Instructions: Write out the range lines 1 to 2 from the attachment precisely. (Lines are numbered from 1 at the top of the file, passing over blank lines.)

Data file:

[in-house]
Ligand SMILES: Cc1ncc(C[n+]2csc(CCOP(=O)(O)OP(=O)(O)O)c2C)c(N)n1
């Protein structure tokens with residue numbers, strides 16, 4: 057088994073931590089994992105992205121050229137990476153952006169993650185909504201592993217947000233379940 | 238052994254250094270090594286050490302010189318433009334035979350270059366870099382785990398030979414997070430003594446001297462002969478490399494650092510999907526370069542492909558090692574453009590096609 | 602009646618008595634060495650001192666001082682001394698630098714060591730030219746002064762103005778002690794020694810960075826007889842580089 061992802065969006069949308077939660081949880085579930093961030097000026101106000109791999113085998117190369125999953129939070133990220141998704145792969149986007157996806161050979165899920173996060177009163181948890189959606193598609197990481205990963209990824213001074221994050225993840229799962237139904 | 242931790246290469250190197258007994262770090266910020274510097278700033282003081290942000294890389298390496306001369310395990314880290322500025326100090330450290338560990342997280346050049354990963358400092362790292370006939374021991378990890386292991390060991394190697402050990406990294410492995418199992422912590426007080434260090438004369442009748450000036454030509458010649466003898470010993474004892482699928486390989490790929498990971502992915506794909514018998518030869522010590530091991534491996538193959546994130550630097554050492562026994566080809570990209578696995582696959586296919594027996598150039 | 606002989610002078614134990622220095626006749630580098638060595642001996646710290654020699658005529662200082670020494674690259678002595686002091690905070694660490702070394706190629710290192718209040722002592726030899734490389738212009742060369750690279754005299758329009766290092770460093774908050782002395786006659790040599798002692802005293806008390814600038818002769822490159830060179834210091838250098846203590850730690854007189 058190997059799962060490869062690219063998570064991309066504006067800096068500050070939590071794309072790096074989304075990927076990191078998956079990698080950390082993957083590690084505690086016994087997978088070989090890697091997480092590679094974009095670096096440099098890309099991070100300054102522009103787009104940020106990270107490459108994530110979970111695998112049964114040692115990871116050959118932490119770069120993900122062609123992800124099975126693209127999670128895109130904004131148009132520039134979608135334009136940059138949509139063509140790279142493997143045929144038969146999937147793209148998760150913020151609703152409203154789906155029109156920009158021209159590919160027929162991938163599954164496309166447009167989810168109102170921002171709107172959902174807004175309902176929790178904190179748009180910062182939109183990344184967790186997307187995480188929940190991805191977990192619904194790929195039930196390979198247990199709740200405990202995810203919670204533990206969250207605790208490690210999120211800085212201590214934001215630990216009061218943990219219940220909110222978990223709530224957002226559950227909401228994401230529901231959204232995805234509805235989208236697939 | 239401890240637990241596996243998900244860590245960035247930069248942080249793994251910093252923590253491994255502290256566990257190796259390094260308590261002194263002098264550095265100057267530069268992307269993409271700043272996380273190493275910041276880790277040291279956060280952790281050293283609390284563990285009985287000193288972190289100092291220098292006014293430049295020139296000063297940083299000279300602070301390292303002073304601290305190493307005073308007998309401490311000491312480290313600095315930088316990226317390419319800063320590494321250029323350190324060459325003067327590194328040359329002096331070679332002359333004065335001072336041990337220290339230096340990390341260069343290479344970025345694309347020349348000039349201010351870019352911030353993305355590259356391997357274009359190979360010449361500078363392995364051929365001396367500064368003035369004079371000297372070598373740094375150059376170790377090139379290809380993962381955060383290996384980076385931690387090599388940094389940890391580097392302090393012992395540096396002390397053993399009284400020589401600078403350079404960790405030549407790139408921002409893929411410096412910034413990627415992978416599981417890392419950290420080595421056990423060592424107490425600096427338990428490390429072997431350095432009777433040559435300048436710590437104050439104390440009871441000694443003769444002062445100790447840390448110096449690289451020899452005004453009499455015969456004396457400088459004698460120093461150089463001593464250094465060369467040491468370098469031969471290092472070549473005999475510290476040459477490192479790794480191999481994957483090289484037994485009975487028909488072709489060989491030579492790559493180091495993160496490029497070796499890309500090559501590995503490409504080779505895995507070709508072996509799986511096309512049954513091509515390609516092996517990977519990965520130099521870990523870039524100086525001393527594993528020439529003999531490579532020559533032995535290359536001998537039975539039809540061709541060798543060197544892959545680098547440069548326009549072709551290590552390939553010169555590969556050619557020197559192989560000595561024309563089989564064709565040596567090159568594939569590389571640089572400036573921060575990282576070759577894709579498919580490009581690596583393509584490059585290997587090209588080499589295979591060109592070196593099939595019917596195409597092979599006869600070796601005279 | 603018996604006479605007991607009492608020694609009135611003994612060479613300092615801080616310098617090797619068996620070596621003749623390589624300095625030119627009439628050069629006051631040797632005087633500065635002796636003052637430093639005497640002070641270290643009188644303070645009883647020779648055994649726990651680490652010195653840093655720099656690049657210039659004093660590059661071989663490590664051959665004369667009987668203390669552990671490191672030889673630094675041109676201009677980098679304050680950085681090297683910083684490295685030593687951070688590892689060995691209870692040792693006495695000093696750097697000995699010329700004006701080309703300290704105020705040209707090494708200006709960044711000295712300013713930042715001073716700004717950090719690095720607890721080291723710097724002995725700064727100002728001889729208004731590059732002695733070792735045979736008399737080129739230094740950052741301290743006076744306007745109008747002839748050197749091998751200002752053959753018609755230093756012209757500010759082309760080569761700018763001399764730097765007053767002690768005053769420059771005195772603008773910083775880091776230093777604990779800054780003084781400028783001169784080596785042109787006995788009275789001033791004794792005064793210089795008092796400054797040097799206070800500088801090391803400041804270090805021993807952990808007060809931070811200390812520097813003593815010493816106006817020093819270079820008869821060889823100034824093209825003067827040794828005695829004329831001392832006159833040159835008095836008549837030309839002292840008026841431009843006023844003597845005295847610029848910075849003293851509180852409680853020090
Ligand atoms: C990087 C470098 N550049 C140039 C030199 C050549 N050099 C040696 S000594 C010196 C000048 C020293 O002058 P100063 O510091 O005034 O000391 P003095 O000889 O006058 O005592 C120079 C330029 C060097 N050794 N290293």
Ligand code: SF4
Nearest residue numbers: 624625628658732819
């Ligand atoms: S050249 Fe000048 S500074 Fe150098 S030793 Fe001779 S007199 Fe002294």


[in-house]
Ligand SMILES: Cc1ncc(C[n+]2csc(CCOP(=O)(O)OP(=O)(O)O)c2C)c(N)n1